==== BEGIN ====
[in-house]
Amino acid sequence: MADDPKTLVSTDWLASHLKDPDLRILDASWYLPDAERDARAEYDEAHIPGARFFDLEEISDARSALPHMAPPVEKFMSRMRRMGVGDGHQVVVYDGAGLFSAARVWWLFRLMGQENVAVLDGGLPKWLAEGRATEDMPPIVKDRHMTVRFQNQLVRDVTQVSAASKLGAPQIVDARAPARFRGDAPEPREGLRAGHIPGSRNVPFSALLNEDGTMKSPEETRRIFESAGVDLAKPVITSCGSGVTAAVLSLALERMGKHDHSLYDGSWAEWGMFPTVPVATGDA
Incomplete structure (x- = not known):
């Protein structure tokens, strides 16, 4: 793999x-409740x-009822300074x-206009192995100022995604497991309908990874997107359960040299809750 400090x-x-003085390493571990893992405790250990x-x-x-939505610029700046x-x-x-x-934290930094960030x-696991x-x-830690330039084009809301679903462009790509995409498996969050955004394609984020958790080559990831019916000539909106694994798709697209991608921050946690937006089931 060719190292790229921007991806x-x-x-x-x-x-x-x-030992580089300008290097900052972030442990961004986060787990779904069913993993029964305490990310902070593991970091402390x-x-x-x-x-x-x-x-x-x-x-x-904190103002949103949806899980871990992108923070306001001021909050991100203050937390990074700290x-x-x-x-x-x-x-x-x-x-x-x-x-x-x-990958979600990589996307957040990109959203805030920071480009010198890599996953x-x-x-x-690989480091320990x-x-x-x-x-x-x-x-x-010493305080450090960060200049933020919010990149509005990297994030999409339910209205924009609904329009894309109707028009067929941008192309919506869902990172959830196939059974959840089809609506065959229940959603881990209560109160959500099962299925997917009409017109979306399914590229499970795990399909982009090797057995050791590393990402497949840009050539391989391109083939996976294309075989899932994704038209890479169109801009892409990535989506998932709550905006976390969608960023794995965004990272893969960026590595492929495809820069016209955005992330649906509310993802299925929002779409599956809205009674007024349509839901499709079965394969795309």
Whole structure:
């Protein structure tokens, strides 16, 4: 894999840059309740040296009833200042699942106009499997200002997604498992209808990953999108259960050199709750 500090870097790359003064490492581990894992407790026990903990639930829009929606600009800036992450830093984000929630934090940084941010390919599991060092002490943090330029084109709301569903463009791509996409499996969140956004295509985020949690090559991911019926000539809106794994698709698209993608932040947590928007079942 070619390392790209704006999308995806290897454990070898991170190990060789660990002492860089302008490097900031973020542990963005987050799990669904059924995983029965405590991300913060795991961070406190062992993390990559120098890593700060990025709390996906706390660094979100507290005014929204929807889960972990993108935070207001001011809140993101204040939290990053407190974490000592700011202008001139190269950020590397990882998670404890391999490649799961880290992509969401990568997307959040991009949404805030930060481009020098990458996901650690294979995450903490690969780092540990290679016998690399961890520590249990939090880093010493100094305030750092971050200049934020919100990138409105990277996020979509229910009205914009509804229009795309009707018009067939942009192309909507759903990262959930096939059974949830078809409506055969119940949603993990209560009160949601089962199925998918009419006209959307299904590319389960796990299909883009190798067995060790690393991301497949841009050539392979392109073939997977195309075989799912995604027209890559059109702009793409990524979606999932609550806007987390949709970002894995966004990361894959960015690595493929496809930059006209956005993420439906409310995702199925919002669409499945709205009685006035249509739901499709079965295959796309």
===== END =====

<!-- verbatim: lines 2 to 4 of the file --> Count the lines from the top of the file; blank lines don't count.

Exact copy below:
Amino acid sequence: MADDPKTLVSTDWLASHLKDPDLRILDASWYLPDAERDARAEYDEAHIPGARFFDLEEISDARSALPHMAPPVEKFMSRMRRMGVGDGHQVVVYDGAGLFSAARVWWLFRLMGQENVAVLDGGLPKWLAEGRATEDMPPIVKDRHMTVRFQNQLVRDVTQVSAASKLGAPQIVDARAPARFRGDAPEPREGLRAGHIPGSRNVPFSALLNEDGTMKSPEETRRIFESAGVDLAKPVITSCGSGVTAAVLSLALERMGKHDHSLYDGSWAEWGMFPTVPVATGDA
Incomplete structure (x- = not known):
């Protein structure tokens, strides 16, 4: 793999x-409740x-009822300074x-206009192995100022995604497991309908990874997107359960040299809750 400090x-x-003085390493571990893992405790250990x-x-x-939505610029700046x-x-x-x-934290930094960030x-696991x-x-830690330039084009809301679903462009790509995409498996969050955004394609984020958790080559990831019916000539909106694994798709697209991608921050946690937006089931 060719190292790229921007991806x-x-x-x-x-x-x-x-030992580089300008290097900052972030442990961004986060787990779904069913993993029964305490990310902070593991970091402390x-x-x-x-x-x-x-x-x-x-x-x-904190103002949103949806899980871990992108923070306001001021909050991100203050937390990074700290x-x-x-x-x-x-x-x-x-x-x-x-x-x-x-990958979600990589996307957040990109959203805030920071480009010198890599996953x-x-x-x-690989480091320990x-x-x-x-x-x-x-x-x-010493305080450090960060200049933020919010990149509005990297994030999409339910209205924009609904329009894309109707028009067929941008192309919506869902990172959830196939059974959840089809609506065959229940959603881990209560109160959500099962299925997917009409017109979306399914590229499970795990399909982009090797057995050791590393990402497949840009050539391989391109083939996976294309075989899932994704038209890479169109801009892409990535989506998932709550905006976390969608960023794995965004990272893969960026590595492929495809820069016209955005992330649906509310993802299925929002779409599956809205009674007024349509839901499709079965394969795309």